Community blood centers across the United States align to provide mutual support in times of crisis
Blood centers across the United States, including South Texas Blood & Tissue, are celebrating the one-year anniversary of the nation’s first emergency blood reserve program.
The Blood Emergency Readiness Corps was founded in 2021 by a group of blood centers to keep the blood supply stocked during emergencies when needs are high, including mass-casualty events or natural disasters.
Prior to the founding of the Corps, many local centers faced blood shortages during the COVID-19 pandemic. By creating the partnership, the centers helped ensure blood will always be ready and available if needed nationwide.
“I’m extremely grateful to my fellow community blood centers that make up the Blood Emergency Readiness Corps who provided blood in response to the shooting in Uvalde in addition to us sending blood,” said Adrienne Mendoza, Chief Operating Officer, South Texas Blood & Tissue. “In disastrous situations it is important for our communities to join forces. Times like this remind us of why we continuously urge our community to donate blood.”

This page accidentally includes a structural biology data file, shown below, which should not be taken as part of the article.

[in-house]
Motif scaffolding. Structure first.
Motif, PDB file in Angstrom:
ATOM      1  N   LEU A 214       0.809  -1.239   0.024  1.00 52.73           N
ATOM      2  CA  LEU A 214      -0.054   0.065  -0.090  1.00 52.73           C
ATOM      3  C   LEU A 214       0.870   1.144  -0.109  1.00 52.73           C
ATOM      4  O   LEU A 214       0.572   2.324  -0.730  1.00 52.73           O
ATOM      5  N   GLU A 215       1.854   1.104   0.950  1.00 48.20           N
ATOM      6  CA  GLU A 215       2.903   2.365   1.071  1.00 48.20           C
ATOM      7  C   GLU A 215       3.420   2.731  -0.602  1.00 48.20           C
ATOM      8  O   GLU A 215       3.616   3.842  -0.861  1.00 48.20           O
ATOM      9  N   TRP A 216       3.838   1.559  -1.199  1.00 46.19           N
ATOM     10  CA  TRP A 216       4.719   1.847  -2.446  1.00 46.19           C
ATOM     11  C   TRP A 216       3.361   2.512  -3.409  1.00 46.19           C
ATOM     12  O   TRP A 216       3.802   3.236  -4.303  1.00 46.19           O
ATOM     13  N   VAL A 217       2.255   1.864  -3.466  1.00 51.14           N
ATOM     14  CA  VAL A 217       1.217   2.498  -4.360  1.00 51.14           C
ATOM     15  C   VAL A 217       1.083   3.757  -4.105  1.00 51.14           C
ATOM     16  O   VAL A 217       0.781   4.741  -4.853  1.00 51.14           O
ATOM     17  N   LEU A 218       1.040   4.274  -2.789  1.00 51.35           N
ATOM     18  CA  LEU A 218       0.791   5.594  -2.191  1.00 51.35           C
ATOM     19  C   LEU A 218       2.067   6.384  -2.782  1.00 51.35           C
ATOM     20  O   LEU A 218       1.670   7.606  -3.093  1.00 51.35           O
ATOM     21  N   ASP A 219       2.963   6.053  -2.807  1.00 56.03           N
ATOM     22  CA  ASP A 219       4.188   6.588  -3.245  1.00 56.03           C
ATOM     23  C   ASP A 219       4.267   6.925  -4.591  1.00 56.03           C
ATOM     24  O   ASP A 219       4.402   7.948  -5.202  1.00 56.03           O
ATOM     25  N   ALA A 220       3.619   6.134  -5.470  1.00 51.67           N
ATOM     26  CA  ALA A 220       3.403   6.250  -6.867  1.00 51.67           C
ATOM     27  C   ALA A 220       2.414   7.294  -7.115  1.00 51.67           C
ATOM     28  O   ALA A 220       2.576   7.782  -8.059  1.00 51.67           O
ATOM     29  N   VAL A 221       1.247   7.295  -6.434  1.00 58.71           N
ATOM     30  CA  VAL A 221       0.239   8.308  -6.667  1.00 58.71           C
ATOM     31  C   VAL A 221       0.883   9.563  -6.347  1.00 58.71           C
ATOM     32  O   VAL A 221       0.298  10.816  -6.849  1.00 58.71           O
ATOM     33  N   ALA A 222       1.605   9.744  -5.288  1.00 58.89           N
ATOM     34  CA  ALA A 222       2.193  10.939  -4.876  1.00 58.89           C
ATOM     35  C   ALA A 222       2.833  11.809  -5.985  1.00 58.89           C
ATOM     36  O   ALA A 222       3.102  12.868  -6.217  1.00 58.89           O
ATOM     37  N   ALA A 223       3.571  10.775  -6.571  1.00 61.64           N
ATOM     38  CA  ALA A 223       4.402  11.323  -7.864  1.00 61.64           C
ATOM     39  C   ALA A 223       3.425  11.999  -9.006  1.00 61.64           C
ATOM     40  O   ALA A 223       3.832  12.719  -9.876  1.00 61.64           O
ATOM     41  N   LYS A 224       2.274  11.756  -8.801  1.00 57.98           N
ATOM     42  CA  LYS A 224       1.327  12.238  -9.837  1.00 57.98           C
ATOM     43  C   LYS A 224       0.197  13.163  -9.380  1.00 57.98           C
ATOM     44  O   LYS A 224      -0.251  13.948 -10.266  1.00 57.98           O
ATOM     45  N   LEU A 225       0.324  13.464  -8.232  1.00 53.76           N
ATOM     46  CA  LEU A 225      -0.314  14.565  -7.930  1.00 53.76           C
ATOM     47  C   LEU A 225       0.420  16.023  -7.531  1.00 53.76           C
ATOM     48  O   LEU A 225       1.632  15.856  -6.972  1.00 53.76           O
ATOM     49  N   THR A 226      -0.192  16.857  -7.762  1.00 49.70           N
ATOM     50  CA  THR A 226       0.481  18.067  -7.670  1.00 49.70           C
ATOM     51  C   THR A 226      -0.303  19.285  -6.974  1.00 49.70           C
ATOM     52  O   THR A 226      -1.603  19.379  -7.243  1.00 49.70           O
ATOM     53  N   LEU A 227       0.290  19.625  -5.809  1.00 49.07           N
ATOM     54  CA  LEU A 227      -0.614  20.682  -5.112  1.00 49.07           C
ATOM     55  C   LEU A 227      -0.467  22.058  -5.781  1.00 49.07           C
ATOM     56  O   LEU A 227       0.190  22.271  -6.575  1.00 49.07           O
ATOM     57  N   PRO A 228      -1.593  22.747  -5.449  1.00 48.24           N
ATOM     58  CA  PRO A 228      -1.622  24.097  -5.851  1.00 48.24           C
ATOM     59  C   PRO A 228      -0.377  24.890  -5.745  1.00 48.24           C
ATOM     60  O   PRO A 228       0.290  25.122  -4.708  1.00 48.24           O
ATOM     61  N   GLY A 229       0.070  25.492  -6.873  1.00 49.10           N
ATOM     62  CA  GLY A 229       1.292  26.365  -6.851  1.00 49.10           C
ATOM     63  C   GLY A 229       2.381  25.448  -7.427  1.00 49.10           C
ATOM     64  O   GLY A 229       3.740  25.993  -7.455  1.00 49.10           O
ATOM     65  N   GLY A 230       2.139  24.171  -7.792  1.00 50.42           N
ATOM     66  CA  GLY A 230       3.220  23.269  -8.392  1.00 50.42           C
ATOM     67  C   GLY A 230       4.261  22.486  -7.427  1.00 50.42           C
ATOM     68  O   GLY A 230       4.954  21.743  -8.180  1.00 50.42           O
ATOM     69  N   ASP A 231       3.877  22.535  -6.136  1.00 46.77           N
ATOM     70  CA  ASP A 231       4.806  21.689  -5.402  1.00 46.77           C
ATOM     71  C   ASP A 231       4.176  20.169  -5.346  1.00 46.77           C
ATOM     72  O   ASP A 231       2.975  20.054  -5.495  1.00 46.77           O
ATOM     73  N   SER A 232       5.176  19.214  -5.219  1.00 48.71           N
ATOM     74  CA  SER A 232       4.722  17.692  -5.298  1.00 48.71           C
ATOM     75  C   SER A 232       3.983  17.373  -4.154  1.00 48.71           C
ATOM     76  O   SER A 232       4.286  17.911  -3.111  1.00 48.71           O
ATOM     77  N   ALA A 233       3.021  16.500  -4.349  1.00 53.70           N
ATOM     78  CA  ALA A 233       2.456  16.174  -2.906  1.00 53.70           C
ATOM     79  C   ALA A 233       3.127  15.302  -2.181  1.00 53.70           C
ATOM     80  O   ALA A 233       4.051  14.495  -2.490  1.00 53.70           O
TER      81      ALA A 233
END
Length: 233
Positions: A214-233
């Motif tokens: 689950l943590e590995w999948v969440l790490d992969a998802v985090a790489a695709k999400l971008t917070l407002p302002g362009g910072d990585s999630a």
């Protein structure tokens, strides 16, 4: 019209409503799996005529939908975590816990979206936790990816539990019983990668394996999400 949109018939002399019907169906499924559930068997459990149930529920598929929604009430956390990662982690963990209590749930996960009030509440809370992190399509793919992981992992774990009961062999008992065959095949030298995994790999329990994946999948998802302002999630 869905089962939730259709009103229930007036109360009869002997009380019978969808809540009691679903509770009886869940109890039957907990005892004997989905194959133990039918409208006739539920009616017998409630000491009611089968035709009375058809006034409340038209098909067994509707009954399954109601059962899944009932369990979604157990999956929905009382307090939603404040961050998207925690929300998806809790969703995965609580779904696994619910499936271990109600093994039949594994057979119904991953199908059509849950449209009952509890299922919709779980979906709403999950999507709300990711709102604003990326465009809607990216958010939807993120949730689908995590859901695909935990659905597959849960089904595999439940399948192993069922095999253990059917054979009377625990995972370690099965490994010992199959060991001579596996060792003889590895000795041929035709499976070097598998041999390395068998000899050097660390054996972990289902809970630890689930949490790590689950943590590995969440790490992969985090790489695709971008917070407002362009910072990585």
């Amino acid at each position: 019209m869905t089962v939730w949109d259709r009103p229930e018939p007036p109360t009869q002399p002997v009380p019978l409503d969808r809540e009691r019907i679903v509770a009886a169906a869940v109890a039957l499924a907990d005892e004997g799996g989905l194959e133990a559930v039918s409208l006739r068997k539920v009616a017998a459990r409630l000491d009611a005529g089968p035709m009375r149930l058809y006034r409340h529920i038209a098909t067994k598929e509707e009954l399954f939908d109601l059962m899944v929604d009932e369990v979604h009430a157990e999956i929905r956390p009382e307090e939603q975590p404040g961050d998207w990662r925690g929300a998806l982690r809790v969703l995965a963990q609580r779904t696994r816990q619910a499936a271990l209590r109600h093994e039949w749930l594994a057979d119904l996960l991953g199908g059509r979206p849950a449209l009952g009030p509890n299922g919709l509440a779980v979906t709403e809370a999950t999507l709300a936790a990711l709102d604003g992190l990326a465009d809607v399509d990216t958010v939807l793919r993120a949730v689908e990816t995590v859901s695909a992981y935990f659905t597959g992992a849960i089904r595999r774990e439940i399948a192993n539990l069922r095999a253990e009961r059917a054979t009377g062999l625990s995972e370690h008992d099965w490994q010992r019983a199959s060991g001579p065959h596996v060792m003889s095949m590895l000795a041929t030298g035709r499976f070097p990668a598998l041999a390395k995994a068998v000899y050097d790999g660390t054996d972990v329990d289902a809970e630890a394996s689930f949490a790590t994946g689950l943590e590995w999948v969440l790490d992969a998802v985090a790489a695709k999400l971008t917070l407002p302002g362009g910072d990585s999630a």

Originally made up of seven partner blood centers, in the last year the Corps has grown to 33 blood centers in 41 states, all committed to reserving additional units of blood on a rotating “on-call” schedule. During a center’s on-call weeks, the additional blood units are held in reserve, ready to be shipped in response if a critical-need scenario should arise.
“Our members are committed to helping save lives within their own communities, but we know emergencies can arise at any time and outstrip the local blood supply,” said Nelson Hellwig, Chief Executive Officer of the Alliance for Community Transfusion Services and Administrator of the Blood Emergency Readiness Corps. “The Corps provides an emergency reserve of blood units, available to be shipped at a moment’s notice. This allows our members to respond to the needs of their communities and provides essential support whenever a crisis might occur.”
During the last 12 months, activations have been called in response to shootings with multiple victims in Memphis, Tennessee (Sept. 27, 2021); Oxford, Michigan (Dec. 1, 2021); and Uvalde, Texas (May 26, 2022), and in response to widespread damage from tornadoes in Kentucky (Dec. 11, 2021). In each instance, blood units shipped by members around the country helped supplement the local blood supply in the affected region.
“Timing of blood availability is of highest importance when tragic events occur such as the shooting in Uvalde,” said Dr. Samantha Gomez Ngamsuntikul, Associate Medical Director, South Texas Blood & Tissue. “We are grateful for all those who stepped up to donate in the days and weeks prior to needs of this magnitude unfold.”